Generally, support for the continued publishing of lesbian pornography has been articulated along two lines. Firstly, the argument has been posed that lesbian pornography is no different from heterosexual pornography, and thus efforts to protect heterosexual pornography from censorship should be extended to include lesbian porn (Strossen, 1995). This is the standard libertarian position, which prioritises the rights of the individual to freedom of speech and expression, rejecting any suggestion of state intervention in these rights. Secondly, (also in support of lesbian porn) there have been those who regard lesbian pornography as fundamentally different from heterosexual pornography, and therefore the arguments in support of the former necessarily rest on different premises. This argument is advanced by writers such as Califia (1981), Rubin (1995), Smyth (1990) and Grace (1993). It is also a position held by the lesbian feminist anti-censorship group, "PUSSY" (Perverts Undermining State ScrutinY), which formed in Britain in 1991, in response to the banning of the work of Della Grace. This group justified their defence of her work on the grounds that such material constituted a 'space' for the autonomous expression of lesbian sexuality (Smith, 1992) - a powerful claim, given the history of oppression and marginalisation of the gay and lesbian community as a whole. Lesbian pornography was thus conceptualised as something to be protected along with other hard-won rights to sexual equality (Salaman, 1992). When lesbian porn is understood as emerging out of a distinct set of historical circumstances(6), and as being produced with specific intentions, it follows that the range of meanings which it produces cannot simply be 'read off' from those yielded by mainstream heterosexual pornography.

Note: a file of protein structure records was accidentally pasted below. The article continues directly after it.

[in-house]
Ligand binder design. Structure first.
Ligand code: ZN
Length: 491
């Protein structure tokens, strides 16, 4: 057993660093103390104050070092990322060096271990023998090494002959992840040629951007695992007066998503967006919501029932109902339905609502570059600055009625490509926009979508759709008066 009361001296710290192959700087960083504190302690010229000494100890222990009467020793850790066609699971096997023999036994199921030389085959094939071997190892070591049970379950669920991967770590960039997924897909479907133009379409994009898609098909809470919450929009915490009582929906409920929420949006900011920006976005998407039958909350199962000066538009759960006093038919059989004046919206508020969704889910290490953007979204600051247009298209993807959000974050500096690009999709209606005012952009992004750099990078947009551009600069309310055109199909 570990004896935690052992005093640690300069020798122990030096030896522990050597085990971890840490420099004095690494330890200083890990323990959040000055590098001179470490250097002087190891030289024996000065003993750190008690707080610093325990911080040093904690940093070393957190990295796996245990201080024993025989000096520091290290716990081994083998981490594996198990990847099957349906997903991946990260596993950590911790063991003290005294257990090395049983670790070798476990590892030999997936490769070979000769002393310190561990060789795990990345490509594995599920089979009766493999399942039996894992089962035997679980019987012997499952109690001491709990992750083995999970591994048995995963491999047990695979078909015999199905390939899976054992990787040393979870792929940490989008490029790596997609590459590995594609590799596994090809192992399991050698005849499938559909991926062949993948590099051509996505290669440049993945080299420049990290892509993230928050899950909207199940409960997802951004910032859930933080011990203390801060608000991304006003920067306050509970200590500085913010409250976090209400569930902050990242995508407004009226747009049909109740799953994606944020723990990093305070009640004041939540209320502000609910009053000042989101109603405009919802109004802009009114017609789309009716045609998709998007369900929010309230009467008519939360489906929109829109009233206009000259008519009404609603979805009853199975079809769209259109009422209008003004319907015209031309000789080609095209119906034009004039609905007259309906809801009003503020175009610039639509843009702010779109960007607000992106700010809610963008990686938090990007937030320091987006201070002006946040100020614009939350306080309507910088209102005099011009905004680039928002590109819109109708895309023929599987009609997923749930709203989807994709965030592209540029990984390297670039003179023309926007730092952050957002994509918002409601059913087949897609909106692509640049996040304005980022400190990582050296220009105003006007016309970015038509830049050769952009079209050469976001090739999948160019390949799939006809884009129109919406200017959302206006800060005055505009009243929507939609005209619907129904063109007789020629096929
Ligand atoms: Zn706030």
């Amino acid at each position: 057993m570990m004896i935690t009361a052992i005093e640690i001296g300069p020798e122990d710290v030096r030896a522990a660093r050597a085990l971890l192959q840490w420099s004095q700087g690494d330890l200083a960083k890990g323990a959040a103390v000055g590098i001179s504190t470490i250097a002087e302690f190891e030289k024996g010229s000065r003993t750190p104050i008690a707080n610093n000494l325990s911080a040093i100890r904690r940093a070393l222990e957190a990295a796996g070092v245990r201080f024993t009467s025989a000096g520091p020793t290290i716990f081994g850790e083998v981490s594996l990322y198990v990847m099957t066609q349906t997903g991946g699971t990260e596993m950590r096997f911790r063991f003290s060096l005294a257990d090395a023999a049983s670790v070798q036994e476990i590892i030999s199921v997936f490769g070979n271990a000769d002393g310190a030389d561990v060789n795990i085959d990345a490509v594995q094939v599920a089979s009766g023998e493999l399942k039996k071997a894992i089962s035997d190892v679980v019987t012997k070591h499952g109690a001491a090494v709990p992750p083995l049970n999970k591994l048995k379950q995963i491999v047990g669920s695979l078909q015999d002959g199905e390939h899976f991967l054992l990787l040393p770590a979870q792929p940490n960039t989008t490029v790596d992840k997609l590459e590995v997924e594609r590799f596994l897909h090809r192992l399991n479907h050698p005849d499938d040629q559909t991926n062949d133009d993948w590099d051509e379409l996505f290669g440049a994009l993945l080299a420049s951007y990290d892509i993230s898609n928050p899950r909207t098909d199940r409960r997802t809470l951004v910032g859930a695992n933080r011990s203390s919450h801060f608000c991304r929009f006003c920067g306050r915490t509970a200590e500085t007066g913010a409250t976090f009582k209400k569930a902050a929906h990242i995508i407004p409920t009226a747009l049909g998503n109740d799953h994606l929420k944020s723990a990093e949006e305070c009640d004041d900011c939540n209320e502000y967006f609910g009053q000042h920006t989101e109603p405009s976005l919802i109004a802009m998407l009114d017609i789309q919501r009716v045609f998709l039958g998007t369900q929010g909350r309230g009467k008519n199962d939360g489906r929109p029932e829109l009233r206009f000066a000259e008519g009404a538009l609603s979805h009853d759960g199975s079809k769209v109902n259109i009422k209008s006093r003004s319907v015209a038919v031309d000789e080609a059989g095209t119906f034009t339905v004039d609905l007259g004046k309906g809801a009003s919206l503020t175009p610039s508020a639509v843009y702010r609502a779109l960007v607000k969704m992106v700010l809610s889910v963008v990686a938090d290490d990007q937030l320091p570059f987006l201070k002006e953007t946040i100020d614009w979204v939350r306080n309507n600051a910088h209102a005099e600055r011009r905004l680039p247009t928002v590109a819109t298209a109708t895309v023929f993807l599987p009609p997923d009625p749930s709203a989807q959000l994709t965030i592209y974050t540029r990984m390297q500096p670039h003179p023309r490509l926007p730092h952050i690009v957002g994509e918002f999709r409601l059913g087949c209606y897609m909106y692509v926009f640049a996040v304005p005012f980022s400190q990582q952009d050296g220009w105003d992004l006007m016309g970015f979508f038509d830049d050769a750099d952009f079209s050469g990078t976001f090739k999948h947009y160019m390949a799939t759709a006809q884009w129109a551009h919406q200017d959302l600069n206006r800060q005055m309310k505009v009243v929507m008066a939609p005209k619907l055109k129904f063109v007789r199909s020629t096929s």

Later supporters of lesbian pornography have tended to move away from the thorny issue of censorship (what should be censored, how, and why), and have turned their criticism to the anti-pornography claim that (all) pornography inevitably objectifies and oppresses women. They have asked whether, by producing an image of another human being, one is necessarily 'objectifying' that person (Myers, 1995; Creith, 1996), and have questioned whether any possibilities exist for the representation of women's sexuality, if there is no way of representing women's bodies without objectifying them. As some have argued, "...a spectator (male or female) has the option of identifying with, rather than objectifying, the woman in the picture" (Kuhn, 1995: 273).